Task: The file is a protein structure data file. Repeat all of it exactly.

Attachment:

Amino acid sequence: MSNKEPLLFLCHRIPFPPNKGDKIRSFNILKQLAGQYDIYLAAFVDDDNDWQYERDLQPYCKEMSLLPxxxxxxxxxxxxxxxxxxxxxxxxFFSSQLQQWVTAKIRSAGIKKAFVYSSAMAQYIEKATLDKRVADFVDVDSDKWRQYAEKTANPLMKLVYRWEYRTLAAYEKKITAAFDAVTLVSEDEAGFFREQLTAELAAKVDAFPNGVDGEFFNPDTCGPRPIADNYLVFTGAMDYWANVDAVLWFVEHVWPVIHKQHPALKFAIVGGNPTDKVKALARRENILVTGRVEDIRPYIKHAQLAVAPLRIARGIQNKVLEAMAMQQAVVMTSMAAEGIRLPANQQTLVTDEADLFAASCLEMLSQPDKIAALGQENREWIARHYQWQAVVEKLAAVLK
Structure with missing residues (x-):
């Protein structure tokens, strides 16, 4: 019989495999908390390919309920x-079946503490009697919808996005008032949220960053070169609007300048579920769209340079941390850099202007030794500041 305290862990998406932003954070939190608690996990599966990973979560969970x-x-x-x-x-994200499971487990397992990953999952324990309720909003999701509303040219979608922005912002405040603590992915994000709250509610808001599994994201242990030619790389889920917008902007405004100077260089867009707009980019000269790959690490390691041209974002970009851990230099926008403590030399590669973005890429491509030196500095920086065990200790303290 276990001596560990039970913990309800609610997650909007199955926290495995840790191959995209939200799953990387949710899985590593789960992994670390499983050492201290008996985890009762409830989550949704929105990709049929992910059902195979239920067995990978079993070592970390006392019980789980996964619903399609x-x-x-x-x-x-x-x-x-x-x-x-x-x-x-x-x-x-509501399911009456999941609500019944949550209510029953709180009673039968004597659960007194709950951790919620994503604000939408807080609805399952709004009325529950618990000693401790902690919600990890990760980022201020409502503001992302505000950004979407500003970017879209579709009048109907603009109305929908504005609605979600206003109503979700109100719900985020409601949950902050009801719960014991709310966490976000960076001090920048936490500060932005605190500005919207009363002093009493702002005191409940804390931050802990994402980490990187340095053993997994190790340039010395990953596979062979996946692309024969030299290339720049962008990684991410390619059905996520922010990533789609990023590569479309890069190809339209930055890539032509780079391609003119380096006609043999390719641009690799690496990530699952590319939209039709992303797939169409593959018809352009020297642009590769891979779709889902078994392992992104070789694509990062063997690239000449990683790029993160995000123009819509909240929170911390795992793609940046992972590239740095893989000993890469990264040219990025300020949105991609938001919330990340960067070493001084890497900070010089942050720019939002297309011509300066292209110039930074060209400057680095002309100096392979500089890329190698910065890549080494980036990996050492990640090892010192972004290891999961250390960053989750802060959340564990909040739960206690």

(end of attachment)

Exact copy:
Amino acid sequence: MSNKEPLLFLCHRIPFPPNKGDKIRSFNILKQLAGQYDIYLAAFVDDDNDWQYERDLQPYCKEMSLLPxxxxxxxxxxxxxxxxxxxxxxxxFFSSQLQQWVTAKIRSAGIKKAFVYSSAMAQYIEKATLDKRVADFVDVDSDKWRQYAEKTANPLMKLVYRWEYRTLAAYEKKITAAFDAVTLVSEDEAGFFREQLTAELAAKVDAFPNGVDGEFFNPDTCGPRPIADNYLVFTGAMDYWANVDAVLWFVEHVWPVIHKQHPALKFAIVGGNPTDKVKALARRENILVTGRVEDIRPYIKHAQLAVAPLRIARGIQNKVLEAMAMQQAVVMTSMAAEGIRLPANQQTLVTDEADLFAASCLEMLSQPDKIAALGQENREWIARHYQWQAVVEKLAAVLK
Structure with missing residues (x-):
């Protein structure tokens, strides 16, 4: 019989495999908390390919309920x-079946503490009697919808996005008032949220960053070169609007300048579920769209340079941390850099202007030794500041 305290862990998406932003954070939190608690996990599966990973979560969970x-x-x-x-x-994200499971487990397992990953999952324990309720909003999701509303040219979608922005912002405040603590992915994000709250509610808001599994994201242990030619790389889920917008902007405004100077260089867009707009980019000269790959690490390691041209974002970009851990230099926008403590030399590669973005890429491509030196500095920086065990200790303290 276990001596560990039970913990309800609610997650909007199955926290495995840790191959995209939200799953990387949710899985590593789960992994670390499983050492201290008996985890009762409830989550949704929105990709049929992910059902195979239920067995990978079993070592970390006392019980789980996964619903399609x-x-x-x-x-x-x-x-x-x-x-x-x-x-x-x-x-x-509501399911009456999941609500019944949550209510029953709180009673039968004597659960007194709950951790919620994503604000939408807080609805399952709004009325529950618990000693401790902690919600990890990760980022201020409502503001992302505000950004979407500003970017879209579709009048109907603009109305929908504005609605979600206003109503979700109100719900985020409601949950902050009801719960014991709310966490976000960076001090920048936490500060932005605190500005919207009363002093009493702002005191409940804390931050802990994402980490990187340095053993997994190790340039010395990953596979062979996946692309024969030299290339720049962008990684991410390619059905996520922010990533789609990023590569479309890069190809339209930055890539032509780079391609003119380096006609043999390719641009690799690496990530699952590319939209039709992303797939169409593959018809352009020297642009590769891979779709889902078994392992992104070789694509990062063997690239000449990683790029993160995000123009819509909240929170911390795992793609940046992972590239740095893989000993890469990264040219990025300020949105991609938001919330990340960067070493001084890497900070010089942050720019939002297309011509300066292209110039930074060209400057680095002309100096392979500089890329190698910065890549080494980036990996050492990640090892010192972004290891999961250390960053989750802060959340564990909040739960206690």